Your doctor may prescribe another treatment if there is a different cause of your macrocytosis. 


Preventing macrocytosis generally involves making sure you get adequate nutrients in your diet. Having regular medical checkups is important as well. Your doctor may detect early signs of the condition and initiate treatment before it begins to affect your quality of life. 

If you have a medical condition that could predispose you to macrocytosis, it’s especially important that you have regular medical evaluations so that problems such as macrocytosis can be identified and treated at early stages.


Macrocytosis means that your red blood cells are larger than normal. It is associated with anemia, when you also have insufficient numbers of properly functioning red blood cells.

Macrocytosis is usually caused by low vitamin B12 or folate levels, but there are other reasons it develops, including from liver disease, alcoholism, and from taking certain medications. Treatment will depend on the underlying cause. Treatment may require taking in additional vitamin B12 and folate.

A Word From Verywell

Macrocytosis can develop from several different health issues. Sometimes inadequate dietary intake of vitamin B12 and/or folate can be the cause, but your doctor may look for other causes too, especially if you have symptoms of other medical conditions.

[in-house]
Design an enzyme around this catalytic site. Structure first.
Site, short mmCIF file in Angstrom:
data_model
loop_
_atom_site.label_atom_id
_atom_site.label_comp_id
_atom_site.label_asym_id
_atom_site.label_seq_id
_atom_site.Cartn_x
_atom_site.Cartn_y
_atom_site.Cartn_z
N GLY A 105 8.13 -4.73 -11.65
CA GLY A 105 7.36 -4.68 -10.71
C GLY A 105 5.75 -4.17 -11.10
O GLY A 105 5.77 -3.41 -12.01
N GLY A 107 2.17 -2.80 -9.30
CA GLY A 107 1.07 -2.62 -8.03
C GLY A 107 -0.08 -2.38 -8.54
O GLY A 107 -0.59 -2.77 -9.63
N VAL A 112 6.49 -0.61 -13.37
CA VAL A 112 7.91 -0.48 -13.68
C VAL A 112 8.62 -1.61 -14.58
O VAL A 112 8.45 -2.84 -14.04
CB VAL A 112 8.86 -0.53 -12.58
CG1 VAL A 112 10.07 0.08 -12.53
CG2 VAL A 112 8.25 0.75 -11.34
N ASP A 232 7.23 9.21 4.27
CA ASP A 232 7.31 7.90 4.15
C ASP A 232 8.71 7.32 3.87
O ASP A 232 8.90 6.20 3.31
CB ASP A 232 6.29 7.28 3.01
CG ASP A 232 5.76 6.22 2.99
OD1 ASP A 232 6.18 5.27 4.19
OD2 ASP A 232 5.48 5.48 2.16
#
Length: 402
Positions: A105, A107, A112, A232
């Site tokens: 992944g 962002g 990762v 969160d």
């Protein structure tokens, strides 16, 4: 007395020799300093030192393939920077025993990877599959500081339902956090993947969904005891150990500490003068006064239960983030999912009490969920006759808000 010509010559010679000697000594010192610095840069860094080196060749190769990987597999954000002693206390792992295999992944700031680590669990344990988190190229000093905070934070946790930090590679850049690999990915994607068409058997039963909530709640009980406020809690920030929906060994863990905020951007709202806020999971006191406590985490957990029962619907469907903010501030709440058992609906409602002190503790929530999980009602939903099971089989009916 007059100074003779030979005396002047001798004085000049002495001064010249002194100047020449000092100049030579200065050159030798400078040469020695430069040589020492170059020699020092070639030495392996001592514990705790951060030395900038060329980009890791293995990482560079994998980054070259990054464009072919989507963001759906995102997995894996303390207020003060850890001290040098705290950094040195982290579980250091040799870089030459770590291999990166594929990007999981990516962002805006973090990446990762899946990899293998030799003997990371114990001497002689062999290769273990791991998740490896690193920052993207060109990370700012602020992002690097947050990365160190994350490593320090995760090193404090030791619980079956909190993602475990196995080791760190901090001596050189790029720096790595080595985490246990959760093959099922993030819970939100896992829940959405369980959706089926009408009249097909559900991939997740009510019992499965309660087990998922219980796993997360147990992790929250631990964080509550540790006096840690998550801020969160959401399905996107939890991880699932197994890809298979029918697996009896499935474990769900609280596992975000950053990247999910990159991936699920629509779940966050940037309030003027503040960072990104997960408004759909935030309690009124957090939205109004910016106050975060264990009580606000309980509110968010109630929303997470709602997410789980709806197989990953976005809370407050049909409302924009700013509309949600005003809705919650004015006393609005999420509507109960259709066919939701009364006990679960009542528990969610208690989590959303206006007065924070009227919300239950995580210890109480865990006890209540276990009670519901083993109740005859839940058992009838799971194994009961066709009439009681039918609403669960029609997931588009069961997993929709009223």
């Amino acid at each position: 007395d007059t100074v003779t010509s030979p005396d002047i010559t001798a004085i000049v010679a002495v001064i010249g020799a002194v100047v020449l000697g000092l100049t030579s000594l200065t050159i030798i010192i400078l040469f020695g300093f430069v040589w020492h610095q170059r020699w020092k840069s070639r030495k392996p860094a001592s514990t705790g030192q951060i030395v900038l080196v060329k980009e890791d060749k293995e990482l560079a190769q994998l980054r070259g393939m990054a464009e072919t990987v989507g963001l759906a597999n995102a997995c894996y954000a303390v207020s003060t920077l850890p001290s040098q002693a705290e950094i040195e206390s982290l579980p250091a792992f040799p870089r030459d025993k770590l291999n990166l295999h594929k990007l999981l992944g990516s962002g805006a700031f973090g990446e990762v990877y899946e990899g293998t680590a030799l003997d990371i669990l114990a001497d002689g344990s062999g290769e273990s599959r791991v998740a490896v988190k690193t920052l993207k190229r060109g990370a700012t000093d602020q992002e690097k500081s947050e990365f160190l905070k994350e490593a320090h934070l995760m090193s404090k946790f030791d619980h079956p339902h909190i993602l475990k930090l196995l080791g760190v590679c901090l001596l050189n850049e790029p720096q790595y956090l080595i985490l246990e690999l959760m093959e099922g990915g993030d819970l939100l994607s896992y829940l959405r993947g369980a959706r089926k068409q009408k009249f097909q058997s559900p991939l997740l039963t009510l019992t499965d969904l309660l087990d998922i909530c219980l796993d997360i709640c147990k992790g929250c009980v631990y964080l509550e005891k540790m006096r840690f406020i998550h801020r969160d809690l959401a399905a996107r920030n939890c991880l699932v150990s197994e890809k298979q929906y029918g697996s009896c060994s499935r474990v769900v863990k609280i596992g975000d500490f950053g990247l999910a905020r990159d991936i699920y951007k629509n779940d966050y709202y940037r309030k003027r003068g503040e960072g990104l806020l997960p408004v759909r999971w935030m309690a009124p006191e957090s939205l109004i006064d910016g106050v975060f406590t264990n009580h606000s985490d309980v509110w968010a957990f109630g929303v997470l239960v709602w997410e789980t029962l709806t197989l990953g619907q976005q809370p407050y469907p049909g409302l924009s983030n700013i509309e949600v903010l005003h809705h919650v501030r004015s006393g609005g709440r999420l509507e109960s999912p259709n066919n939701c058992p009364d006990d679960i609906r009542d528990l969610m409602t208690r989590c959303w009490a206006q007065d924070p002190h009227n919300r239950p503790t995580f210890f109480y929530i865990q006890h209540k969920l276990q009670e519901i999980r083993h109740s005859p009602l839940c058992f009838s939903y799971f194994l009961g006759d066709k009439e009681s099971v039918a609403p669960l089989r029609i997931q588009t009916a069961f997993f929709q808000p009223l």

If you have been feeling tired, dizzy, or just not like your usual self, make sure you see your doctor to assess your condition and get the right treatment.

Frequently Asked Questions

What is macrocytic anemia?

Macrocytic anemia is a condition in which the red blood cells (RBCs) are enlarged and often low in number. 

How serious is macrocytosis?

Macrocytosis is usually mild to moderate but can become severe. It can be due to a manageable cause (such as a vegan diet, which can be treated with supplements) or be due to a serious illness, such as liver disease or cancer. 

Is macrocytosis reversible?

Sometimes. Macrocytosis is often reversible with treatment. Usually taking vitamin B12 or folate supplements or eating foods containing these nutrients can reverse the condition. If it is caused by an underlying condition, such as leukemia, treatment of that illness may resolve macrocytosis, a much less concerning condition.

6 Sources
Verywell Health uses only high-quality sources, including peer-reviewed studies, to support the facts within our articles. Read our editorial process to learn more about how we fact-check and keep our content accurate, reliable, and trustworthy.
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By Heidi Moawad, MD
Heidi Moawad is a neurologist and expert in the field of brain health and neurological disorders. Dr. Moawad regularly writes and edits health and career content for medical books and publications.